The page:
• Help us bring about unity, healing, and stronger family relationships within our body.
  • Help us practice what we preach.  Show us ways we can take an active role in healing the community around us.
  • Help us develop the same heart for others that you and Jill have already displayed.
  • Work within your giftedness.  Pursue your passions, but know your limits.  Focus on your areas of strength and allow others to serve within their’s.
  • May your ministry here at Garnett be marked by an expansion in God’s kingdom.  Through your efforts, may many people, both inside and outside of these walls, grow in relationship with Jesus Christ.

Going on a mission trip in 2008?

You’re thinking about a mission trip in 2008 . . . and you have questions, perhaps for you, a friend or relative, students or a whole group . . .

Can I drink the water? But I don’t speak the language! You want me to sleep where? They eat what? How am I going to raise that much money? Is it really God’s will for me to go? I don’t know how to share the gospel.

Are you ready for your short-term trip? How do you get ready? More than two million Americans will go into all the world on short-term missions trips in 2008. Are you ready to be one of them?

Anne-Geri’ Fann and I have written a short-termers survival guide! We have years of experience as both long-term and short-term missionaries and have led teams there–and the always important . . . back safely. With humor and brevity–the book is just over 100 pages–we help you prep and pack for the trip, and we put our arms around you while you’re gone (I suppose you could cuddle with the book), and offer perspective as you re-enter “normal” life.

How to Get Ready for Short-Term Missions: the ultimate guide for sponsors, parents, and those who go will help you:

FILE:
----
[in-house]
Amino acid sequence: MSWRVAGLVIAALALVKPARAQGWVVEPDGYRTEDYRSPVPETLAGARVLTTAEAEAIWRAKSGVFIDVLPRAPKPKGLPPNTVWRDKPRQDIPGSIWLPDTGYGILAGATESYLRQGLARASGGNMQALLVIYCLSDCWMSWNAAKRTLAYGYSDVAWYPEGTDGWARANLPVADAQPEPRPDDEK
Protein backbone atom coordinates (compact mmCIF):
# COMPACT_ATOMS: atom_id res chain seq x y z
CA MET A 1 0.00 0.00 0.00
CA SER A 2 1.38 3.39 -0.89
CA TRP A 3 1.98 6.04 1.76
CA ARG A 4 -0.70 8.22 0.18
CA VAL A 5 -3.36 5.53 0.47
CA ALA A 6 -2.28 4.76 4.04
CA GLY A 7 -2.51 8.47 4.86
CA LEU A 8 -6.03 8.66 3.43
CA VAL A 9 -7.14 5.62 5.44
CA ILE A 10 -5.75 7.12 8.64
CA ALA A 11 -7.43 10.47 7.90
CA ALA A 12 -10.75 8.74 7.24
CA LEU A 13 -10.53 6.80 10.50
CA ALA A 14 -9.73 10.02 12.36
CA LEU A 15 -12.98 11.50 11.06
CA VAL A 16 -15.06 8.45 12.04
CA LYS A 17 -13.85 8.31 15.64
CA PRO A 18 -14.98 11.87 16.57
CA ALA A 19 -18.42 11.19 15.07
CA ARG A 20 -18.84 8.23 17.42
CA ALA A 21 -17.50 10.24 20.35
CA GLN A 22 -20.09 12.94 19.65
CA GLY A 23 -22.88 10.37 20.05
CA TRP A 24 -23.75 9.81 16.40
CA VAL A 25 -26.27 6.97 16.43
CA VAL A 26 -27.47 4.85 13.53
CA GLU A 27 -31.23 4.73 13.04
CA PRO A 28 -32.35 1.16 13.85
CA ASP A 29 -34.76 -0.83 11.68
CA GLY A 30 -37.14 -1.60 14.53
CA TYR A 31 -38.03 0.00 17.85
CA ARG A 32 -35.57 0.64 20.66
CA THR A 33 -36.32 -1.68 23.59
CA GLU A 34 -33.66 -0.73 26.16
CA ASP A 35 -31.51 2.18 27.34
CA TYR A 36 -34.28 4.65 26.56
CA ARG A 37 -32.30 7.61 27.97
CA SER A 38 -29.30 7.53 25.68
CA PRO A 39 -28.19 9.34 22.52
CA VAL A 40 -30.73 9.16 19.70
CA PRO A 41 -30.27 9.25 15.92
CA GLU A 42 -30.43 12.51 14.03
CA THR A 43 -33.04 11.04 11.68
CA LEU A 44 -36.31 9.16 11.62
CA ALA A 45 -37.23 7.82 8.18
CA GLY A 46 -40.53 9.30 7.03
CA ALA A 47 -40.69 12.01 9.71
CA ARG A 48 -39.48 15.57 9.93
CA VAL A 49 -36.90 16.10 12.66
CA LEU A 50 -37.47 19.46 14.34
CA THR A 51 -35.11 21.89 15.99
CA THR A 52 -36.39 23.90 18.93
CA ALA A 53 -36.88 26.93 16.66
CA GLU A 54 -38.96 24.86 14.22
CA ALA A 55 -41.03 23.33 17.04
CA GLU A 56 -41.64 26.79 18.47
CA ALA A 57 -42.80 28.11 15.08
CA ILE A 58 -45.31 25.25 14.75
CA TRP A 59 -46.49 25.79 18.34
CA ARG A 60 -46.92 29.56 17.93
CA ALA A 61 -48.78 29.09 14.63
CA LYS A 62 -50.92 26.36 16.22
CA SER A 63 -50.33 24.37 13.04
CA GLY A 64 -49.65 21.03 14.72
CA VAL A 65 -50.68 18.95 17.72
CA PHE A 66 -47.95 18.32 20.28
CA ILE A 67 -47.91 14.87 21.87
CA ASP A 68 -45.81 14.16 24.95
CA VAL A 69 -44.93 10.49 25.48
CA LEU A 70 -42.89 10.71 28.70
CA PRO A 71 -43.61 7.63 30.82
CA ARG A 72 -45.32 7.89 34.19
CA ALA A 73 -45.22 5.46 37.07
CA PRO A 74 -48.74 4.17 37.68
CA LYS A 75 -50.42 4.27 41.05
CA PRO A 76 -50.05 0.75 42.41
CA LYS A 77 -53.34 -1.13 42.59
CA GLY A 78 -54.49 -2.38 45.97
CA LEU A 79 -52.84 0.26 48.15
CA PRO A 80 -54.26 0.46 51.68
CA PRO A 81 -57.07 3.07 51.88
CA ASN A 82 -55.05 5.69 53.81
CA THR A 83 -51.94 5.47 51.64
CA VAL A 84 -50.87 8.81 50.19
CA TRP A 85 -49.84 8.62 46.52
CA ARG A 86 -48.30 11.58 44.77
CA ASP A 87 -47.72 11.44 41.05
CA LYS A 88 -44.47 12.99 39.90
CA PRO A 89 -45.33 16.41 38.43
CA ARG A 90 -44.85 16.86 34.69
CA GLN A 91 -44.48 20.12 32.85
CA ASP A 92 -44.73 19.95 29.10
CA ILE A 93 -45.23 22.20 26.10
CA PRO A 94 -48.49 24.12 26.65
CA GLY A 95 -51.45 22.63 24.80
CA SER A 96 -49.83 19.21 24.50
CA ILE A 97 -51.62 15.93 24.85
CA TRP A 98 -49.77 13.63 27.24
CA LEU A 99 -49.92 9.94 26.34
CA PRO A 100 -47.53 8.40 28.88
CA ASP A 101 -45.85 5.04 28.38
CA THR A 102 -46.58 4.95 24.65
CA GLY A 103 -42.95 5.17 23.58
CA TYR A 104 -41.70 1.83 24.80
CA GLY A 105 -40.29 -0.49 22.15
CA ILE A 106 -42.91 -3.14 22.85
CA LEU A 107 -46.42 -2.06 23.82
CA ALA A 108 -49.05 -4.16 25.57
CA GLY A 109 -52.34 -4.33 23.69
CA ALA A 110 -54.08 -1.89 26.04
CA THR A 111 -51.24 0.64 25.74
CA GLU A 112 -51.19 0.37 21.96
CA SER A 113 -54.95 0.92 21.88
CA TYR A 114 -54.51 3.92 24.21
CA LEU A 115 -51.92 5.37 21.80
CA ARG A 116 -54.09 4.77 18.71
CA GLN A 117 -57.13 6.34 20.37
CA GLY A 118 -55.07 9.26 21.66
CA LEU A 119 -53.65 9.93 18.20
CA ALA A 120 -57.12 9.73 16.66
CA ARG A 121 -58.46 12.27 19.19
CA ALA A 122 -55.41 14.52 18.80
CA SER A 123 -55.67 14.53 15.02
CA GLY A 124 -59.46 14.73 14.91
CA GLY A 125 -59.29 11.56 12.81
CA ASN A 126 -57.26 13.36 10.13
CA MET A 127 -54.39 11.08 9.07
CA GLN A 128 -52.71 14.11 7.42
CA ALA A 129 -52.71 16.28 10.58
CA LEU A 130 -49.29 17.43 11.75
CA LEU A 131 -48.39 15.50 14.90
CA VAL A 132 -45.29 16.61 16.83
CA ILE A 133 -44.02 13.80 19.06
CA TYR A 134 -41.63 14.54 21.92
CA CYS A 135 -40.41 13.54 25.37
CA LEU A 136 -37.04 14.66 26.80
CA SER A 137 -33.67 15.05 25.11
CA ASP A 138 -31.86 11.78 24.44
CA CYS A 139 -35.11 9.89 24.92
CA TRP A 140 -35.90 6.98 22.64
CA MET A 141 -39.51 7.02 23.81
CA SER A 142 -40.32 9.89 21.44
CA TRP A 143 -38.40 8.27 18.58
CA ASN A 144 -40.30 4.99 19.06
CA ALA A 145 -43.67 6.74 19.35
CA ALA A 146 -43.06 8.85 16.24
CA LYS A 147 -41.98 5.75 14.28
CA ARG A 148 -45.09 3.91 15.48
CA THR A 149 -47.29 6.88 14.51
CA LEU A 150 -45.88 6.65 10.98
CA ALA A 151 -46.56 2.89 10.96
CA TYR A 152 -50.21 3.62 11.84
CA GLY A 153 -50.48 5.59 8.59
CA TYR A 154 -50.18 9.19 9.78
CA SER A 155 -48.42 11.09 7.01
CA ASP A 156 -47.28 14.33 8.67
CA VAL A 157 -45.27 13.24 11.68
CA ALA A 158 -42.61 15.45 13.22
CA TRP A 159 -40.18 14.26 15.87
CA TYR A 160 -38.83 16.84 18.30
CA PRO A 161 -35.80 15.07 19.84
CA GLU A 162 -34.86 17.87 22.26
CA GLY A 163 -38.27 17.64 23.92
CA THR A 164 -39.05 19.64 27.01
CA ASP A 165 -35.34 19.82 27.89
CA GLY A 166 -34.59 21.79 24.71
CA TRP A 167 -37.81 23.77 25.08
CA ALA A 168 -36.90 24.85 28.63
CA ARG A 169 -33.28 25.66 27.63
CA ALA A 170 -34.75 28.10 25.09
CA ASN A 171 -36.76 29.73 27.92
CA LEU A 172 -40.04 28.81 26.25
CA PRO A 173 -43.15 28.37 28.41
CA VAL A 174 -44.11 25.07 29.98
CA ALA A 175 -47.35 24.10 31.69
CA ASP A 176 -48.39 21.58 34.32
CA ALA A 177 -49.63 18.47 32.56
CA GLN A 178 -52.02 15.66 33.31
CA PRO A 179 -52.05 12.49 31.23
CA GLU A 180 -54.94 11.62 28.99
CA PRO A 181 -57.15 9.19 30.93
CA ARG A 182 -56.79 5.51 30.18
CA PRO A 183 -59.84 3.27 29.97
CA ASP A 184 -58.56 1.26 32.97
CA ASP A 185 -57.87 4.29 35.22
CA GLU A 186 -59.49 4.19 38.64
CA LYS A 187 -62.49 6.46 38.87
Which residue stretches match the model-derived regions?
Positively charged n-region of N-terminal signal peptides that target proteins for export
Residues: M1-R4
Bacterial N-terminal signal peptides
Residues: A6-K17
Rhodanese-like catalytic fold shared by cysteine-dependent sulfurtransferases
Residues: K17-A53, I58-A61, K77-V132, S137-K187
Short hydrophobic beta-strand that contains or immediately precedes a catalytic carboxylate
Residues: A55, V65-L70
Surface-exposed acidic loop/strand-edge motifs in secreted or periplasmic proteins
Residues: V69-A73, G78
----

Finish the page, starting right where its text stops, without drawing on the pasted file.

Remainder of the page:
Pack your suitcase and prepare your heart
* Build genuine relationships with the locals
* Understand cultural differences
* Deal with physical fatigue
* Combat stretched emotions

There’s even a chapter for clammy-handed parents!

With humor and experience, help you ask questions you can’t hide from and help you focus on your true mission, so you can act like the One you are calling people to follow while on your trip, and not like an ugly American!

Order it from Amazon or find it at your local bookstore.

* Paperback: 136 pages
* Publisher: Thomas Nelson (2006)
* ISBN: 1418509779

Remembering Moses and Adam

I wrote this last January but never posted it, but wanted to share this on the one year anniversary of Moses Kimezi’s and Adam Langford’s deaths in Uganda.

January has been filled with saddness over the death of friends, ice, cancellations, disorientation. Come February, come. So artificial, those month markers, but all the same I told Jill, “I’m grateful for a new month.”

In through the cracks of pain come moments of illumination and joy. The only reason I can fathom losing a son or a brother now is because I’ve watched faithful friends do it with grace and peace and brokenness and tears and even great laughter. We have lost our incredible friends Adam Langford and Adam Kimezi, but being present with close family and friends in their suffering, says Adam’s last journal entry, is all we can do sometimes.

Short-term missions

Adam Langford joined a long-term mission in Jinja, Uganda, in part, because of short-term experiences in Honduras and Uganda.

My friend, Johnna Raymond, said, “We challenged our interns to give it over to God, all of it. Adam did.” Adam Langford and Moses Kimezi died January 16 as they worked to take good news to the poor and proclaim the joy of Christ. Both Moses and Adam were like that: the spirit of Christ oozed from their pores and their quick laughing smiles.

Literally millions of people in the United States and worldwide are preparing right now for short-term trips, particularly on spring and summer breaks.

Missionary hero of mine, Sam Shewmaker, asks, “Who are the 50 who will ‘replace’ Adam Langford in the mission field?” And who are the 50 who will ‘replace’ Moses? Indeed, we can’t replace Adam or Moses, but they have inspired us, called us once again to missional lives, to suffer with those who suffer, to take fresh water, healing balm, words of comfort, listening ears and learning hearts and serving hands.

Will you hear God’s call through this tragedy? Jason and Jody King already have. They had already made a short-term trip to Jinja and have been planning to go back for two years to Jinja and work with the team that Adam and Moses served with. Jason and Jody still need support. Will you hear God’s call to help support them? Will you either support short-term missionaries or long-term if you can’t go yourself? Or will you go?